In the Alps, strong thunderstorms are one of the greatest dangers on the mountain in the summer months. What should you do if you are surprised by thunder and lightning on the mountain? You should know these five rules of conduct.

Mudslides and heavy rain devastate entire areas of Central Europe, a tornado sweeps across the southern Czech Republic, in Canada temperatures reach almost 50 ° C. Climate change makes extreme weather phenomena more and more likely. In the Alps, strong thunderstorms are one of the greatest dangers on the mountain in the summer months. In addition to cold and wet conditions and the associated risks of hypothermia and the risk of slipping, the weather phenomenon also brings with it an acute risk of lightning strikes.

Crouching position with closed legs on an insulating surface. Keep your distance from watercourses and free-standing elevations such as masts or trees. (Graphic: Georg Sojer / Alpenverein)

The good news: The chance of being surprised by a thunderstorm can largely be prevented with good tour planning and careful observation of the cloud formation on the day of the tour. An early start is a clear advantage, especially in summer.

Before every mountain tour, you should get information about the daily thunderstorm rate as soon as possible with a high-quality weather report.

Michael Larcher - Head of the Mountain Sports Department at the ÖAV

If there is a good weather report, the tour must be planned in such a way that you are back at the safe starting point or in a refuge in good time - ideally at noon. On unstable days, long tours and those with rope insurance on exposed ridges and with exposed peaks should be avoided.

In rock niches we keep enough distance from the rock. (Graphic: Georg Sojer / Alpenverein)

Pay attention to weather developments and alarm signals

Careful tour planning that is adapted to the conditions and precise observation of the cloud formation on the day of the tour are essential.

A prognosis is only ever a probability that thunderstorms will approach earlier than originally assumed.

Michael Larcher - Head of the Mountain Sports Department at the ÖAV

It is always worthwhile to closely observe the development of the last few days and especially the weather development during the tour. If cumulus clouds have formed earlier from day to day and if there are cluster clouds in the morning hours on the day of the tour, thunderstorms must be expected in the early afternoon.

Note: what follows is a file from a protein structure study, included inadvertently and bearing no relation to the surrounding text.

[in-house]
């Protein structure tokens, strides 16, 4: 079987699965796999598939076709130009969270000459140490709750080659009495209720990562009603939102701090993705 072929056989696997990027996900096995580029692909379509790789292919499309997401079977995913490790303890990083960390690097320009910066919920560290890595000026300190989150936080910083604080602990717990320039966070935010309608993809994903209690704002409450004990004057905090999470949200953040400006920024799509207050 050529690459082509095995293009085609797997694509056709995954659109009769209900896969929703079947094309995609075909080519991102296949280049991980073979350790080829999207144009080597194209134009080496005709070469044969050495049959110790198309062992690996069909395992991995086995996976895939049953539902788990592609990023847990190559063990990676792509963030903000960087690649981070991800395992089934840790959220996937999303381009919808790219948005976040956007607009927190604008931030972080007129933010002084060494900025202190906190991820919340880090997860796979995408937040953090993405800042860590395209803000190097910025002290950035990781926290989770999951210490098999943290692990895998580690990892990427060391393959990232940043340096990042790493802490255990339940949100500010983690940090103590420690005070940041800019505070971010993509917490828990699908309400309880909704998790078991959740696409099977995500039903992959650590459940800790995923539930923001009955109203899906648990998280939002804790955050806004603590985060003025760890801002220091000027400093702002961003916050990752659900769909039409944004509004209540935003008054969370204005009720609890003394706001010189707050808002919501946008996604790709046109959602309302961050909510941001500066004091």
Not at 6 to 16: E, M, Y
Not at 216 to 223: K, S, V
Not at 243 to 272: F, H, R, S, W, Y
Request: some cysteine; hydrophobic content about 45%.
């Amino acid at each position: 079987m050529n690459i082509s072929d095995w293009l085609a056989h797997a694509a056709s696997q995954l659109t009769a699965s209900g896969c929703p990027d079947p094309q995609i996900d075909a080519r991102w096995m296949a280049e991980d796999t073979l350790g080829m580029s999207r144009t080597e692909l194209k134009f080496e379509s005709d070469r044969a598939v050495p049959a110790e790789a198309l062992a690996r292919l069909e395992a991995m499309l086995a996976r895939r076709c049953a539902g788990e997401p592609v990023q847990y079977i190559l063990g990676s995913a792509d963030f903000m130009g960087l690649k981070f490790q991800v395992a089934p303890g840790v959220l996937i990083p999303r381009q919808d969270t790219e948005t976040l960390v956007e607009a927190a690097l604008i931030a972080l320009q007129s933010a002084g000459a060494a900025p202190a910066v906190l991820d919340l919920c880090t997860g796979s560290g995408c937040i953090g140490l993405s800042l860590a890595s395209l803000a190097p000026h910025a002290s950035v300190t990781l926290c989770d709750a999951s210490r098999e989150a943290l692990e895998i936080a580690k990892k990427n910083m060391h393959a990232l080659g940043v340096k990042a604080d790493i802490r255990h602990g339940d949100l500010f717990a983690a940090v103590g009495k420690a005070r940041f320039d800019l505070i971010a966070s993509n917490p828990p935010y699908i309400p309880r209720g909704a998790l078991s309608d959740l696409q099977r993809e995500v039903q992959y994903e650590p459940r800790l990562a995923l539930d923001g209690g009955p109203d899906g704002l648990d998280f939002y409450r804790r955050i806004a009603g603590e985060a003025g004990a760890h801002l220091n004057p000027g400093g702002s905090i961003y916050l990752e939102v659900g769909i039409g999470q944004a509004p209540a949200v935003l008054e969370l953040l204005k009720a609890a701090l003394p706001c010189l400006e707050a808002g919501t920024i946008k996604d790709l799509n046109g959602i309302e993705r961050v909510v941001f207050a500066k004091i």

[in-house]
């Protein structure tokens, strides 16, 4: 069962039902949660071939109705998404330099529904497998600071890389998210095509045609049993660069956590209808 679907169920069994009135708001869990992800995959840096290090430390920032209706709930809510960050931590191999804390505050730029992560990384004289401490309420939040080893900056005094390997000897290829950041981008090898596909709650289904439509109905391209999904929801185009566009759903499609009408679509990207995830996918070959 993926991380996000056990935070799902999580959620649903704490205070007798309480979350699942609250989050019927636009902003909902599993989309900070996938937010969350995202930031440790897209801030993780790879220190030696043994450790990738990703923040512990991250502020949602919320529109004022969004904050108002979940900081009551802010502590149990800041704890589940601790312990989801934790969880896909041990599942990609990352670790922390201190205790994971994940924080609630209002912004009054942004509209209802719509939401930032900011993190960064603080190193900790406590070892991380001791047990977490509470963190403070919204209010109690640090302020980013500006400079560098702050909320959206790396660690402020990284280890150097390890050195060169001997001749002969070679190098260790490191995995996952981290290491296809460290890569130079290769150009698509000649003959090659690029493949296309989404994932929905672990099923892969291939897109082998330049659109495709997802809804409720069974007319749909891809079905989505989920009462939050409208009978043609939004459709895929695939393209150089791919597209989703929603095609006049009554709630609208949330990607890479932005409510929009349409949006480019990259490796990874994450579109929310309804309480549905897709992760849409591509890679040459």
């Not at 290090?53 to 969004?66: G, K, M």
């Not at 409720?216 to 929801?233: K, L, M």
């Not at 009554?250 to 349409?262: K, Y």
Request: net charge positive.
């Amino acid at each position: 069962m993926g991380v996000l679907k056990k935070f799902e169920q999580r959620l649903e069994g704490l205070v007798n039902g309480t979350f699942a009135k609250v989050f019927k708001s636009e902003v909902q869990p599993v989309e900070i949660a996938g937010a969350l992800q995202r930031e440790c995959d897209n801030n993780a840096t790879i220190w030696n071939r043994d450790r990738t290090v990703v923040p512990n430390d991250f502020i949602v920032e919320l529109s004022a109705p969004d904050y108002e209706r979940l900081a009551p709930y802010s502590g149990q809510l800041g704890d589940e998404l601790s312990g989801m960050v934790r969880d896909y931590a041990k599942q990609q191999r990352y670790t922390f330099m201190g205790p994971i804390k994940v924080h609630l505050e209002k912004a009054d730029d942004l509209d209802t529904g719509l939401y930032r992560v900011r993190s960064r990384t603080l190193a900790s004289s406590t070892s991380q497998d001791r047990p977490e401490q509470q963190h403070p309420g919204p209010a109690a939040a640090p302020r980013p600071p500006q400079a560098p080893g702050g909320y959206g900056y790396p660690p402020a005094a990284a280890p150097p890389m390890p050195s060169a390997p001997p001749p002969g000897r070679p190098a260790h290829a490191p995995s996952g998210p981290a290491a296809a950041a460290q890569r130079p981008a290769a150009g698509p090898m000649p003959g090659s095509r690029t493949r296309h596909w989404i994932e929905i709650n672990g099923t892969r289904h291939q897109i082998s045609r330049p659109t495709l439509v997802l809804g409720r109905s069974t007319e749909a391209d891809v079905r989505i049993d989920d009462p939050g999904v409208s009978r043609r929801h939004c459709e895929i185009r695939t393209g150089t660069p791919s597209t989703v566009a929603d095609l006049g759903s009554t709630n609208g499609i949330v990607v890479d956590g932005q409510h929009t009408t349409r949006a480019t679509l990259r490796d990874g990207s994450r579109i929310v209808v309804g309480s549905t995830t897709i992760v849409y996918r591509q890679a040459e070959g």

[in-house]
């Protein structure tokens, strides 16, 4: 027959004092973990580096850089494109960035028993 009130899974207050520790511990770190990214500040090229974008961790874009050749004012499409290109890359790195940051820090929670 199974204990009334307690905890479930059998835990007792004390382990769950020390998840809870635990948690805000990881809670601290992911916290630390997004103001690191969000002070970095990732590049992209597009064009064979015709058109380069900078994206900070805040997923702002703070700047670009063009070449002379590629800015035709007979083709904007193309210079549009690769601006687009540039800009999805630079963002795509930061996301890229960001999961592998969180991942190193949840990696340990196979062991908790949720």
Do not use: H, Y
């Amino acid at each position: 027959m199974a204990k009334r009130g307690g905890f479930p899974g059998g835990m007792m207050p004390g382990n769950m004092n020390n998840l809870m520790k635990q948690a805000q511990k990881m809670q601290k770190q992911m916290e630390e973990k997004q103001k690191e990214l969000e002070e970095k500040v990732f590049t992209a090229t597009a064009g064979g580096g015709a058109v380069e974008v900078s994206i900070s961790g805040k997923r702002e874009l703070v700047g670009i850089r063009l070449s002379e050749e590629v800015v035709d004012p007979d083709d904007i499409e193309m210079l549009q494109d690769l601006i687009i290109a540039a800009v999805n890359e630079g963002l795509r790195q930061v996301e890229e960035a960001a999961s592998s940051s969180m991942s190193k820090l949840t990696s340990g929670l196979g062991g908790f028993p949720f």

On rock faces, we are safe from lightning strikes, but it is important to be aware of the risk of falling rocks. (Graphic: Georg Sojer / Alpenverein)

Acute and clear alarm signs for an approaching thunderstorm are tower-like and anvil-shaped storm clouds, gusty, refreshing wind and electrical charges (whirring) in the air.

A rule of thumb:
The approximate distance to a thunderstorm in kilometers can be calculated by dividing the number of seconds between lightning and thunder by three. Example: If the time span between lightning and thunder is ten seconds, the center of the thunderstorm is only around three kilometers away. High time to take appropriate protective measures!

What to do when a thunderstorm threatens the mountain?

However, if a thunderstorm on the mountain should surprise us, we can improve our situation with the help of simple but effective rules of conduct. Five tips in the event of a thunderstorm:

  1. We leave exposed ridges and solitary elevations such as summit crosses and rock towers as quickly as possible.
  2. We move away from steel ropes and - if possible - go to larger rock caves for protection, but stay away from the rock face as much as possible, at least 1,5 m.
  3. Crouching on the rucksack or rope to avoid a possible step tension, we wait for the thunderstorm to pass.
  4. In terrain at risk of falling, e.g. B. on the via ferrata, we always stay secure!
  5. We can protect ourselves against moisture and coldness with a bivouac sack and functional clothing.

Thunderstorms are often associated with heavy rain. In a short time, dangerous torrents can develop in rock faces and trigger rockfalls. In the case of heavy rain there is also the risk of getting soaked quickly and cooling down a lot. The greatest danger in heavy rain is the complete soaking and the resulting hypothermia. In alpine climbing routes and on via ferratas we cannot evade quickly and at will, which further exacerbates the situation.

If you can find a dry place, it is usually better to sit out the thunderstorm there than to climb hectically towards the exit and then be without protection.

Michael Larcher - Head of the Mountain Sports Department at the ÖAV

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